Diverting Construction and Demolition (C & D) Waste From Long Island and New York Landfills
When buildings reach the end of their useful life, they are typically demolished and hauled to landfills. Building implosions or ‘wrecking-ball' style demolitions are relatively inexpensive and offer a quick method of clearing sites for new structures. On the other hand, these methods create substantial amounts of waste.
The demolition and renovation of buildings in the U.S. produces 124,670,000 tons of debris each year, according to the Deconstruction Institute. That's an awful lot when you consider that just one 2,000-square-foot wood-frame home has the potential to yield 6,000-board-feet of reusable lumber or about 85 percent of the wood framing. That house, demolished and sent to a landfill, amounts to about 127 tons of trashed materials or about 10,000 cubic feet of debris. This is equivalent to 33 mature trees, or the yearly output of 10 acres of planted pine (7 football fields). Wood frame houses are good examples, since 95 percent of all houses are built that way.
The U.S. Environmental Protection Agency estimates that 270,000 residential units are demolished in the U.S annually. Much of that demolition debris goes into landfills. In this country, according the EPA, building debris (in total, not just from residential units) accounts for one-third of all solid waste, and an estimated 91 percent of that comes from renovation and demolition. We can estimate that for every 3 square feet of deconstruction, enough lumber can be salvaged to build 1 square foot of new construction. At this rate, if deconstruction replaced residential demolition, the US could generate enough recovered wood to construct 120,000 new affordable homes each year.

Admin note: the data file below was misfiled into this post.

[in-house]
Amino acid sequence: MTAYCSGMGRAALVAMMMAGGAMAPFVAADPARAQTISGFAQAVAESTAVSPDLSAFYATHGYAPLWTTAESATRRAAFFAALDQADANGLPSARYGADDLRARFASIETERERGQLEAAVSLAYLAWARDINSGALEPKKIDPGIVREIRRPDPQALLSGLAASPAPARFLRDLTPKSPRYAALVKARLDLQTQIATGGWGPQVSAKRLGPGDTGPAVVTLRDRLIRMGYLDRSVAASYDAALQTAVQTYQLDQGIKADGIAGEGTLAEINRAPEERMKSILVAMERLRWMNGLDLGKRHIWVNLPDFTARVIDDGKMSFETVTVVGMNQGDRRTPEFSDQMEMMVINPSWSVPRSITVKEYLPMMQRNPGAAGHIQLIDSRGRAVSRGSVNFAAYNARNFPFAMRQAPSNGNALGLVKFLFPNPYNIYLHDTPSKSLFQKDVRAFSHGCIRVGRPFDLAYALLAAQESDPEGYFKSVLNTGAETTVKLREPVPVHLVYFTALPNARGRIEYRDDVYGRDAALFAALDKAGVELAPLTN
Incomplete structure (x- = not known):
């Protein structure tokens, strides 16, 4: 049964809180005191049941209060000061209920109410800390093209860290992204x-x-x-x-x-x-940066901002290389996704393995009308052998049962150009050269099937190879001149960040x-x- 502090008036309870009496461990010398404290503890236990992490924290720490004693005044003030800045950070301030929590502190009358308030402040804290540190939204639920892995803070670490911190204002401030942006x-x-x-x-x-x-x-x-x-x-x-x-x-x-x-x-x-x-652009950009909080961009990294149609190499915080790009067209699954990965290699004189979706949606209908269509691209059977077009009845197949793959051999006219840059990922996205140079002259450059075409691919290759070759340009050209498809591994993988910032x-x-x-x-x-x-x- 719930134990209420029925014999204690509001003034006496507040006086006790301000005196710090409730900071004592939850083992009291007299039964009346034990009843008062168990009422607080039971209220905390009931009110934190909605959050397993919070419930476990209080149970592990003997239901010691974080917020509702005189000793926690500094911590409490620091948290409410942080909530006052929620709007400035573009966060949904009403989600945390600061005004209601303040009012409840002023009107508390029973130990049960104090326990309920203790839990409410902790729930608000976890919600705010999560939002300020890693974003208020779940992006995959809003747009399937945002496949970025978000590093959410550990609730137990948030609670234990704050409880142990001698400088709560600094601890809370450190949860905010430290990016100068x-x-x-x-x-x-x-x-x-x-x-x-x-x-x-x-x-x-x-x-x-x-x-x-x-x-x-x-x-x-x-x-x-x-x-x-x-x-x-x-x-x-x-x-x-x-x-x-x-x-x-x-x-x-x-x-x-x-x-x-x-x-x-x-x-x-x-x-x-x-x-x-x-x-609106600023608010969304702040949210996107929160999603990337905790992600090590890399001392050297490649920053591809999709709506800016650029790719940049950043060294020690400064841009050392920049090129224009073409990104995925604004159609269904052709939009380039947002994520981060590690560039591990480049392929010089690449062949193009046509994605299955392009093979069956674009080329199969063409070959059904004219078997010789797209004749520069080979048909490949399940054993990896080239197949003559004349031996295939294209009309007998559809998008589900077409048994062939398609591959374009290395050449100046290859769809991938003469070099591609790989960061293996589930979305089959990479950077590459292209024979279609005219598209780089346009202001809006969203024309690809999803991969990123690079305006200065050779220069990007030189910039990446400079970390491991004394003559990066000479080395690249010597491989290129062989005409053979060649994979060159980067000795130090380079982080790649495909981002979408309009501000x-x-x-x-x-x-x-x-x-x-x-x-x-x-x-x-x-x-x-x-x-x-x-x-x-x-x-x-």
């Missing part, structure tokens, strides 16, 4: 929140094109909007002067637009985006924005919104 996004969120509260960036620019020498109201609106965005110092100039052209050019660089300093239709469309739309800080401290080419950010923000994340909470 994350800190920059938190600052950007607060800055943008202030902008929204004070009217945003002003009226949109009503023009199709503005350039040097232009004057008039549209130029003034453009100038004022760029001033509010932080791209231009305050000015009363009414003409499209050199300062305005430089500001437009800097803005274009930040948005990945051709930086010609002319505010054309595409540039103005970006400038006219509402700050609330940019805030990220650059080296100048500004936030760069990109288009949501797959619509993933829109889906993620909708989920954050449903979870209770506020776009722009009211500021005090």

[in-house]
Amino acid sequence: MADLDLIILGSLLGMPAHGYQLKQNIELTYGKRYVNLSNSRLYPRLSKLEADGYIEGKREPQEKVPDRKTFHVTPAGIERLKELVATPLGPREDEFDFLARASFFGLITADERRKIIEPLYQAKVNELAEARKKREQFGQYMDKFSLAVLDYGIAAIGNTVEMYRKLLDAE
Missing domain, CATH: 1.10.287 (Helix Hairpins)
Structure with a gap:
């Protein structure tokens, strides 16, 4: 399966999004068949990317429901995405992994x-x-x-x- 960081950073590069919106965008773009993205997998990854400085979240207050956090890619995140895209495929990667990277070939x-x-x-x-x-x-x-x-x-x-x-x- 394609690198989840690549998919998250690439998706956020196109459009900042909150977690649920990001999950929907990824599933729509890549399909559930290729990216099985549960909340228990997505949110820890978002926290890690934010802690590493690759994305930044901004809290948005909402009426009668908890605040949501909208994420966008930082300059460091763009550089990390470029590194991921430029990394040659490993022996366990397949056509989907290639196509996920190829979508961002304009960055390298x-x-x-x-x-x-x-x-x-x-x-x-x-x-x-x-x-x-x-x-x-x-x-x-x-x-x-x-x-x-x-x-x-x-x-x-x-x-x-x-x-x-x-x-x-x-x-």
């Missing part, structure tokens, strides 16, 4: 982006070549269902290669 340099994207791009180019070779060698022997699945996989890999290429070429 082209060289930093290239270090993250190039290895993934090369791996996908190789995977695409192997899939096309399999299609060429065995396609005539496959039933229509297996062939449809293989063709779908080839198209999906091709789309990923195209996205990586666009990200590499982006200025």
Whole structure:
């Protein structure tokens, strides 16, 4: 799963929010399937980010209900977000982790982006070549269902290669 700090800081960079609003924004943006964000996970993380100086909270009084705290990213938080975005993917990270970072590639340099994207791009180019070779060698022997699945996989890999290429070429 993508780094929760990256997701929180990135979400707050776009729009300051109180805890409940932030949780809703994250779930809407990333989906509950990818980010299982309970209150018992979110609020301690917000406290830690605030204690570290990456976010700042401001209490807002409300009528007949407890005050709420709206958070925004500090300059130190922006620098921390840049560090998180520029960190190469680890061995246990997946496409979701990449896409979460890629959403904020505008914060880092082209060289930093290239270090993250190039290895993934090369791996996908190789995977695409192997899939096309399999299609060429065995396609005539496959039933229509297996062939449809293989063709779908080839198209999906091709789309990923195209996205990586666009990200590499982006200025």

Some states, including California and Massachusetts, are enacting bans, taking steps to divert up to 60% of the construction waste from landfills. In Chicago, the city has ordinances which require almost half of the construction debris be diverted from landfills. Thanks to some forward-thinking insurance companies who now offer a "green" policy, coverage for recycling and deconstruction costs are now a reality on some insurance policies.
The Reuse People - Salvaging the Built Environment
Construction & Debris (C & D) Waste Facts
In 1978, there were approximately 20,000 landfills. By 1988, that number had dropped to 5,499. Currently the figure stands at 3,091. The EPA estimates that as of the 2008, only 1,234 landfills were available.
Only 3 active landfills on Long Island.
All landfills will eventually fail and leak leachate into ground and surface water. Plastics are not inert. State-of-the-art plastic (HDPE) landfill liners (1/10 inch or 100 mils thick) and plastic pipes allow chemicals and gases to pass through their membranes, become brittle, swell, and breakdown.
"...82% of surveyed landfill cells had leaks while 41% had a leak area of more than 1 square feet," according to Leak Location Services, Inc. (LLSI) website (March 15, 2000).
All landfills could require remediation, but particularly landfills built in the last 60 years will require a thorough clean-up due to the disposal of highly toxic chemicals manufactured and sold since the 1940's.
The U.S. generated 143.5 million tons of building-related construction and demolition debris in 2008, but only 28% (40.2 million tons) was reused, recycled or sent to waste-to-energy facilities.
Consider that one year's debris is enough to build a wall about 30 feet high and 30 feet thick around the entire coast of the continental United States (4,993 miles).
How much do your building projects impact these numbers? Consider the following:
- The average new construction project yields 3.9 pounds of waste per square foot of building area. Example: A 50,000-square-foot building = 97.5 tons of waste.
- The average building demolition yields 155 pounds of waste per square foot. Example:A 50,000-square-foot building = 3,875 tons of waste.
According to the National Association of Home Builders, a typical 2,200 sq.ft. home requires 13,000 board feet of framing lumber. If laid end to end, that framing lumber would stretch 2.5 miles.
If all the dimensional lumber used to build the 1.2 million new homes constructed in the United State each year were laid end to end, it would extend 3 million miles, the equivalent of going to the moon and back six and a half times.